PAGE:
- shove, hide and disengage are actions (with a few exceptions)
- you can't eat during combats in D&D
- those that never use magic can't use magical Scrolls
- an attack from highground doesn't give an advantage.
- an attack on your opponent's back doesn't give an advantage if he know you're in its back
- you can choose when to use your reaction
- D&D have a cover mechanic
- D&D have a better variety of actions : shove to prone, help to have advantage, dodge, ready, administrer a potion,...
- In D&D every single goblins or monster doesn't have magical stuff (arrows, potions,...)
- In D&D you can usually play from 4 to 6 characters (many campaign are designed arround 5 if I'm not wrong)
- In D&D items aren't completely WTF (healing someone never coat poison on your target's weapons)
- Time exist in D&D, such as night and meteo... not in BG3

That's a short list..

As someone who is not a DnD veteran, main issue I have with BG3 and DnD games in general ( only played Pillars of Eternity Dreadfire as other DnD game ) is that combat is much less interesting than in good non-DnD games like DoS ( or even Wasteland ). There is less opportunity for meaningful choices, tactical decisions, synergies between your own actions across turns or between actions of different characters ... in general, DnD combat turn is "one swing, and sometimes maybe one bonus something".

Therefore, looking at this list I unfortunately see some "true" DnD features that could potentially make combat even worse. Granted, I may have maybe to play with those to understand their full impact, but there are features from this list that look to me as bad for "increase combat options".



These are features from that list that looks to me as they would make combat *WORSE*:

- In D&D you just have an action, bonus actions are bvery specific features you have to use wisely. In other words in D&D bonus actions are bonus actions, not a second action.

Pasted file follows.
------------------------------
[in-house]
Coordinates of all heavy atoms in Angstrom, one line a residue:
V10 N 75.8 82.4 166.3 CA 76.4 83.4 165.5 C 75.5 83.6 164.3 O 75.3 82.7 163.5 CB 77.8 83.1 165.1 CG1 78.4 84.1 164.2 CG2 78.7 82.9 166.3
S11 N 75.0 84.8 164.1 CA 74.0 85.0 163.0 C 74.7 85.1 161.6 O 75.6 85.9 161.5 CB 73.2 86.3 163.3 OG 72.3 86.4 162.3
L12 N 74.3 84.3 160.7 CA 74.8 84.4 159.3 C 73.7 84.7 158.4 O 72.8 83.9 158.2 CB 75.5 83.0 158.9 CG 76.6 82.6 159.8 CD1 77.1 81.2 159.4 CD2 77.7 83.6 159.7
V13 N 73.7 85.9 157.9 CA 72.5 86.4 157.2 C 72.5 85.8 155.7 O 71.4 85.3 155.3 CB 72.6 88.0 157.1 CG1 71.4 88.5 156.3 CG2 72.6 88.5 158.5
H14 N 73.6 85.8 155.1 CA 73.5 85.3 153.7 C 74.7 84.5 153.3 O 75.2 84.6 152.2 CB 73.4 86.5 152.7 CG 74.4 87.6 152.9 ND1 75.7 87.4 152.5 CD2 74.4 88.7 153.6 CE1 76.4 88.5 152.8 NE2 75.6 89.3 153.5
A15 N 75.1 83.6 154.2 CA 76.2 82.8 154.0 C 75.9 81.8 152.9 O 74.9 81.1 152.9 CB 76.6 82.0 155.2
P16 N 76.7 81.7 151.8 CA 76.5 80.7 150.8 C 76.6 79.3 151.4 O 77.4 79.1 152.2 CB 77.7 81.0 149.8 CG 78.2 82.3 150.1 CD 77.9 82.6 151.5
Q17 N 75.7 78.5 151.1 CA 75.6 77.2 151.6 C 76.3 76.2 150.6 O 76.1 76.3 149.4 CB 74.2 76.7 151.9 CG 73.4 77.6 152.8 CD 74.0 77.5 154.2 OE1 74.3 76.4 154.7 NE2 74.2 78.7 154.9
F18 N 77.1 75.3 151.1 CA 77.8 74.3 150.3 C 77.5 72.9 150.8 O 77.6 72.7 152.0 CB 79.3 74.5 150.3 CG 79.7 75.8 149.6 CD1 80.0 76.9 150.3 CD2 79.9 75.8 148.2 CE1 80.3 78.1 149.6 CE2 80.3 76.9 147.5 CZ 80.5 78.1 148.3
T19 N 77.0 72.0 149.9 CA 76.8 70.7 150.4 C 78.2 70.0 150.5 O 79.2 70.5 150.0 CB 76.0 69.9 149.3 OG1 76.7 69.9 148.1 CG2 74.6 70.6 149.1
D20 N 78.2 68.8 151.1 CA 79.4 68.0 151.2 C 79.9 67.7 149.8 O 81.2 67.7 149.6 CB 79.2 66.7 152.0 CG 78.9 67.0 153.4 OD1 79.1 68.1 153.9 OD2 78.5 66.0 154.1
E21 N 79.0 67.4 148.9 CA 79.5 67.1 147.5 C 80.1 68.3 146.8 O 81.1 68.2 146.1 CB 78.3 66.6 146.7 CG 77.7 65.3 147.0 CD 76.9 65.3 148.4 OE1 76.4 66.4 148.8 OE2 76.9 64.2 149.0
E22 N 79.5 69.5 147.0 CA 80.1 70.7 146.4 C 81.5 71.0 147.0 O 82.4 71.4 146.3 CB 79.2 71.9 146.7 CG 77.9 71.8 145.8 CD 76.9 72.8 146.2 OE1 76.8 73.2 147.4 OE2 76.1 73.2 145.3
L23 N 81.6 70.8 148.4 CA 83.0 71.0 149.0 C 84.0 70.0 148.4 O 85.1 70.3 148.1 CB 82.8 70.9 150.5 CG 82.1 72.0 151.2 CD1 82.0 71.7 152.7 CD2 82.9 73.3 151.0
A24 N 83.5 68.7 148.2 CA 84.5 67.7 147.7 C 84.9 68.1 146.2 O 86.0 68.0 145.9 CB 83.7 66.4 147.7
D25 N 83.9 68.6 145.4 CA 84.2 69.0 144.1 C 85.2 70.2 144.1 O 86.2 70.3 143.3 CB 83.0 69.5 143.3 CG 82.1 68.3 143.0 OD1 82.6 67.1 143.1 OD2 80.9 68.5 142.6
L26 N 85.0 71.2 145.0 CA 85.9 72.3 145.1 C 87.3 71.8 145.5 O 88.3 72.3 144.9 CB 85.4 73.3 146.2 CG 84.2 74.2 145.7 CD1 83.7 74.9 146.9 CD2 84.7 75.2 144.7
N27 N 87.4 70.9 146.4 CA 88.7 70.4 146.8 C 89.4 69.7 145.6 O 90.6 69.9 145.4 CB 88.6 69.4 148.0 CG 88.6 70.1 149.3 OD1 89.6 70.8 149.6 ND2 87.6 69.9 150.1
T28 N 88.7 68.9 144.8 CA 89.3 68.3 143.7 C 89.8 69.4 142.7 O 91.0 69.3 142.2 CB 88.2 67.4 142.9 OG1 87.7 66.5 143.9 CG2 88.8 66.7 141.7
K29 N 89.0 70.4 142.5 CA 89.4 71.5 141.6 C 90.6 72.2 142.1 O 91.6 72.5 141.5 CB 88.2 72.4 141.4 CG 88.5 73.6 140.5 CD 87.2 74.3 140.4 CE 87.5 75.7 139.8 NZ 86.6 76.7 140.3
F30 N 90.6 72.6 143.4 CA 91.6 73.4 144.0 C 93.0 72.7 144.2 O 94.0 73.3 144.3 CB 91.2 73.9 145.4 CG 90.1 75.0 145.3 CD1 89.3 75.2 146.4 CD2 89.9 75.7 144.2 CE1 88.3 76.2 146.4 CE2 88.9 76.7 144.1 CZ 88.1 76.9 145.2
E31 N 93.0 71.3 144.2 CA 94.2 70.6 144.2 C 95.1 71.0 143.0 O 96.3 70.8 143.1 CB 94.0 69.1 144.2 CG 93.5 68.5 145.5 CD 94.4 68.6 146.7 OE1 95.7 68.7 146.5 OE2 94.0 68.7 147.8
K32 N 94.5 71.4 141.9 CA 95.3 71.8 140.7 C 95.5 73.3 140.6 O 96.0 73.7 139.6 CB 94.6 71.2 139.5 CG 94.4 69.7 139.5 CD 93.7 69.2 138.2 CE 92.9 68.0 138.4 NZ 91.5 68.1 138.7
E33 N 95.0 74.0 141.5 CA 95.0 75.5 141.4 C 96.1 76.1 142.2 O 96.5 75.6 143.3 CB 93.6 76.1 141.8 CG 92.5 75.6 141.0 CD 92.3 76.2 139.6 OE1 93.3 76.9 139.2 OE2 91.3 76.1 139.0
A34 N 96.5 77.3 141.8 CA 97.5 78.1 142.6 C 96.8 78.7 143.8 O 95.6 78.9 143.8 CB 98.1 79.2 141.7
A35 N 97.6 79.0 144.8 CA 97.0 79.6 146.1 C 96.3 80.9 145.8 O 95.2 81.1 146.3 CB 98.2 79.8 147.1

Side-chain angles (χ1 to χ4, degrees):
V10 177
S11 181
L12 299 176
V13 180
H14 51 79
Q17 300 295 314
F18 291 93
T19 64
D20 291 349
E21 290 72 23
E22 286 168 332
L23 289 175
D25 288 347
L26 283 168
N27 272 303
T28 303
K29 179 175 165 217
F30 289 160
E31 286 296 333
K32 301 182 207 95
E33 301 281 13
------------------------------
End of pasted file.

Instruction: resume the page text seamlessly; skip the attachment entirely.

*** in other words, even less choices per turn if even bonus actions need to be rarely used ?

- Jump and disengage have nothing to do in D&D. One is for jump, the other is to disengage. None of them are bonus actions.
*** in other words, even less actions per turn if even jump would prevent me from doing some major action like damage?

- Dip doesn't exist. In the reality of the Forgotten Realms you can't dip your sword in the fire of a candle/torch/... To create a magical fire sword.
*** in other words, even less tactical choices if we can not dip ( now you need to decide between spending some time to go away to dip or setup initial attack close to dip )

- shove, hide and disengage are actions (with a few exceptions)
*** again, if they are actions it means using them removes use of another major action like damage, and reduces number of actions per turn

- you can't eat during combats in D&D
*** so one more thing you can not do during combat, therefore one less choice. Even if I never eat during BG3 combat, removing choices during combat is not good in my book.

- those that never use magic can't use magical Scrolls
*** so they would have even less choices during combat, and much less possibilities to synergize with others?

- an attack from highground doesn't give an advantage.